As for the combat, Ito says that they approached it wanting to surpass the previous game’s. One of the things they wanted to do was give each style its identity, and enemy design was also done considering this. Crane style was given more focus on hitting multiple enemies at the same time and also given the “skydance” move, while Tiger style emphasizes raw damage more, especially when upgraded. Ito also thinks that the new Snake style should be fun for players, and that the disarming feature it has helps to make it so that it and thus all the styles have their own identity.
Hosokawa points out that in the previous game, Crane became less useful in the latter half of the game, and says that they rebalanced the styles in Lost Judgment to ensure that all three styles would remain useful to the end. He also says that the Snake style requires more skill, but is especially useful in boss fights, and advises players to not forget to upgrade it.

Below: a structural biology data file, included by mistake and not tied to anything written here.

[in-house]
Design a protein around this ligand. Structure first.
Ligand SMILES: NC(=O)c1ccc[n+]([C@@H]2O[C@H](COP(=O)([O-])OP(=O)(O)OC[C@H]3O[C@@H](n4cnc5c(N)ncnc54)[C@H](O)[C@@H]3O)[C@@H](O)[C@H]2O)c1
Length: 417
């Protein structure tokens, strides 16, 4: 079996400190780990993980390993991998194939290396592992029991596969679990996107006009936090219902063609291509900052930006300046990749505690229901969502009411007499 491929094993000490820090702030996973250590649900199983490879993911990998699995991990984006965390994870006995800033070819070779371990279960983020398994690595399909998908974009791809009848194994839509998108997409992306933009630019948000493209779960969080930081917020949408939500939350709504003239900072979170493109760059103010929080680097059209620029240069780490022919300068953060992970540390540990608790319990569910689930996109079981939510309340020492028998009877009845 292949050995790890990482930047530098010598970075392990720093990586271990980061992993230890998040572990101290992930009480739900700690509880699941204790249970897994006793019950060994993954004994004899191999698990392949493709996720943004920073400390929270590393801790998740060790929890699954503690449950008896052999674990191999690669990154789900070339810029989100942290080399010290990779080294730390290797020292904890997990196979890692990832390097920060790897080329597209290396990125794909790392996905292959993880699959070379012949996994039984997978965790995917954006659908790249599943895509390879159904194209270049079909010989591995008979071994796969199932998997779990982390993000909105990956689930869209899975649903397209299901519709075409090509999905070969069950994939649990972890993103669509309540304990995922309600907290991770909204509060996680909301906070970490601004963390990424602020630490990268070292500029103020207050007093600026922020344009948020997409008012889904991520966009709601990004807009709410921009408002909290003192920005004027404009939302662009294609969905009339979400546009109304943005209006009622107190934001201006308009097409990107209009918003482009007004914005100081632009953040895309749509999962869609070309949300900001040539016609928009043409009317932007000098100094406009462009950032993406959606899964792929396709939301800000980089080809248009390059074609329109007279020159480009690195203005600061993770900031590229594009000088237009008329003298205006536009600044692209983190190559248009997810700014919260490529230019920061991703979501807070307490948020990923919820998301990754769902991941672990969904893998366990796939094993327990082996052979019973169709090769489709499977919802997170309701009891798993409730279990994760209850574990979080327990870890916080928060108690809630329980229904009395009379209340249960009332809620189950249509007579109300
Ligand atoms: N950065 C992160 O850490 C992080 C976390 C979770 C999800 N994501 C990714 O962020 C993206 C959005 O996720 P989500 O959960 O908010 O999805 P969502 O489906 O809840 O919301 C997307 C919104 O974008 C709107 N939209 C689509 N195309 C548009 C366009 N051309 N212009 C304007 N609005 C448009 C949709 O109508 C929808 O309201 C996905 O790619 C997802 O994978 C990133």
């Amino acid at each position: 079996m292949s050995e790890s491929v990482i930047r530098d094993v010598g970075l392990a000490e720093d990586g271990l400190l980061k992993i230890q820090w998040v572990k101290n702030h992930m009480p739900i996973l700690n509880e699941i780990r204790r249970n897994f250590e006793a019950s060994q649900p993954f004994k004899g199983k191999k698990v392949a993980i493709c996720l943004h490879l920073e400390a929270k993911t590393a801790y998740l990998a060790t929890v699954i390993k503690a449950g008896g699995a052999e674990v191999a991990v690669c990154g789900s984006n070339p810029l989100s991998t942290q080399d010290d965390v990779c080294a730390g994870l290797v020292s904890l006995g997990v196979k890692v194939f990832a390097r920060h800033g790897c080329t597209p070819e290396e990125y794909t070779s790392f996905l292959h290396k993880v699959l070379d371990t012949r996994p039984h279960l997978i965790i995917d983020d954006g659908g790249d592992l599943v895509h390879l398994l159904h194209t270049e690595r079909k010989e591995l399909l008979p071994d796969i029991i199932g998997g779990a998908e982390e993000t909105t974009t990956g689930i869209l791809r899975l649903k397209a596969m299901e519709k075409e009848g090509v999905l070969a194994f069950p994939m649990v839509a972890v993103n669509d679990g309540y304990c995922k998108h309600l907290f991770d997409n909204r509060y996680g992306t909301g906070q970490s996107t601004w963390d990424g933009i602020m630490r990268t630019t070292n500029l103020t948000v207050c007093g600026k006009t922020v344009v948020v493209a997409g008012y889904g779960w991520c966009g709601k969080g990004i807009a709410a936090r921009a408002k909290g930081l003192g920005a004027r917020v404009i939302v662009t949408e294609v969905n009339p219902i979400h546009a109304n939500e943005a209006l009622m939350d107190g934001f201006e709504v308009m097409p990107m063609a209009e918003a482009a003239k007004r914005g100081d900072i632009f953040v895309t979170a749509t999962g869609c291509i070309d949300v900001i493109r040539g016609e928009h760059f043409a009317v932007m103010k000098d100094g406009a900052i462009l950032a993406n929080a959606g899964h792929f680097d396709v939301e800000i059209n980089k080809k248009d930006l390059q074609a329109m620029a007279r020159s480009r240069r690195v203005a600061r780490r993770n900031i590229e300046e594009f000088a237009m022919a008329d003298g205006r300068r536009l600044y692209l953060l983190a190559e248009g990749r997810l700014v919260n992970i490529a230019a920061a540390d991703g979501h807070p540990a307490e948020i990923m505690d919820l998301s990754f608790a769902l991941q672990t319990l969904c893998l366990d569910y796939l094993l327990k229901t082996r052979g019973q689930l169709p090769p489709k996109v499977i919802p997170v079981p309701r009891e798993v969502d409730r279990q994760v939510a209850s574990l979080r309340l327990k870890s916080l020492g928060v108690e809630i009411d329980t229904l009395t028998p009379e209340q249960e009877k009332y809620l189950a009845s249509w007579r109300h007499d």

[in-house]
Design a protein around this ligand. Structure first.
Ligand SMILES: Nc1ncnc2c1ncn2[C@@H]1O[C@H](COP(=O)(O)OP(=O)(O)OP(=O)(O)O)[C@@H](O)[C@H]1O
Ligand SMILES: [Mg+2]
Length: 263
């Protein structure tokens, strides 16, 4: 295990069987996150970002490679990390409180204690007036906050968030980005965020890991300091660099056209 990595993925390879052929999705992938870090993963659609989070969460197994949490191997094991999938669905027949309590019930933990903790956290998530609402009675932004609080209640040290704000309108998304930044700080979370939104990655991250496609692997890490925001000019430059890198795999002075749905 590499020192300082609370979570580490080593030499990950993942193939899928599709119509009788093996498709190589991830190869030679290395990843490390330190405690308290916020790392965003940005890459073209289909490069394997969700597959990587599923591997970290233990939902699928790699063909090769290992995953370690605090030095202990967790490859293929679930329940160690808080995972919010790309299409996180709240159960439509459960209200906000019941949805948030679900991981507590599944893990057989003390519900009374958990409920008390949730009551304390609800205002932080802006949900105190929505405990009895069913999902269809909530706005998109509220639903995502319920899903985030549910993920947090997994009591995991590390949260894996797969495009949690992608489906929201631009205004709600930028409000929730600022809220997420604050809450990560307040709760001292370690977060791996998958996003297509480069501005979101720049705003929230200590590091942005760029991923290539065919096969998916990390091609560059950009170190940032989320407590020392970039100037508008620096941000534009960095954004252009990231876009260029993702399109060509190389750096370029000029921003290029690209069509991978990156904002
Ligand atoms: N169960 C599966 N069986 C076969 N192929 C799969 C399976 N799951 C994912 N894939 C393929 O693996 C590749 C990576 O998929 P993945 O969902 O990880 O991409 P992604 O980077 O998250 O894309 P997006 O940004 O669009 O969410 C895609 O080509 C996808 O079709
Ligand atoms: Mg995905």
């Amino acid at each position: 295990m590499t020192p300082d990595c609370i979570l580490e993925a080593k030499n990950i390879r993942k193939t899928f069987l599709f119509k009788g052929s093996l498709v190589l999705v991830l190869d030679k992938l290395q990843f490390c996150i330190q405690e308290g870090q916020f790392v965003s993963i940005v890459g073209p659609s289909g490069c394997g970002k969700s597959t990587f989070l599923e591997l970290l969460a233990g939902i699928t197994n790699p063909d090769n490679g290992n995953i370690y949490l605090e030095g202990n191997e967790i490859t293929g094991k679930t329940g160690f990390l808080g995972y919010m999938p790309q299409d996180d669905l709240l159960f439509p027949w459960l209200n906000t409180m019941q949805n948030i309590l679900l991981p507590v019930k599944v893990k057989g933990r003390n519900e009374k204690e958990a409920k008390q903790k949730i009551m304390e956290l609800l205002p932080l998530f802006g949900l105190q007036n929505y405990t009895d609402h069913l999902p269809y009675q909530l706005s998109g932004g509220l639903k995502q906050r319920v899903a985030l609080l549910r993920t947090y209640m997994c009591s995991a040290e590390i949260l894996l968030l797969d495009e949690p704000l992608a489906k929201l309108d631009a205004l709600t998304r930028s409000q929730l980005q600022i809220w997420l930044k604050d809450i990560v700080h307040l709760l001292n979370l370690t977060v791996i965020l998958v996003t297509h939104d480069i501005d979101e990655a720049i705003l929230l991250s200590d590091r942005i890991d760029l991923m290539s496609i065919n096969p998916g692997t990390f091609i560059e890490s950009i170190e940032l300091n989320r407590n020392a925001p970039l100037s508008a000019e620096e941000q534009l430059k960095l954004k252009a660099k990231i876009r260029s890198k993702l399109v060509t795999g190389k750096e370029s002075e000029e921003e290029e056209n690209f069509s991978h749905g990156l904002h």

Finally, the two are asked if they have anything to say to the fans.
Ito says that while Lost Judgment may have a wide variety of content, all of it was made with maximum effort. While different players may look forward to different things, he believes that regardless of what they look forward to, all players will be satisfied. He also notes that he personally likes old games a lot, and that he paid a lot of attention to the playable Sega Master System.
Hosokawa says that of all the games he has worked on, Lost Judgment is one which he is particularly confident in, thinking that he did everything that he possibly could for it. He thinks that anyone who plays it will surely be entertained, and hopes that people will give it a try. Finally, he says that it is a game that shows it true potential on next-gen consoles.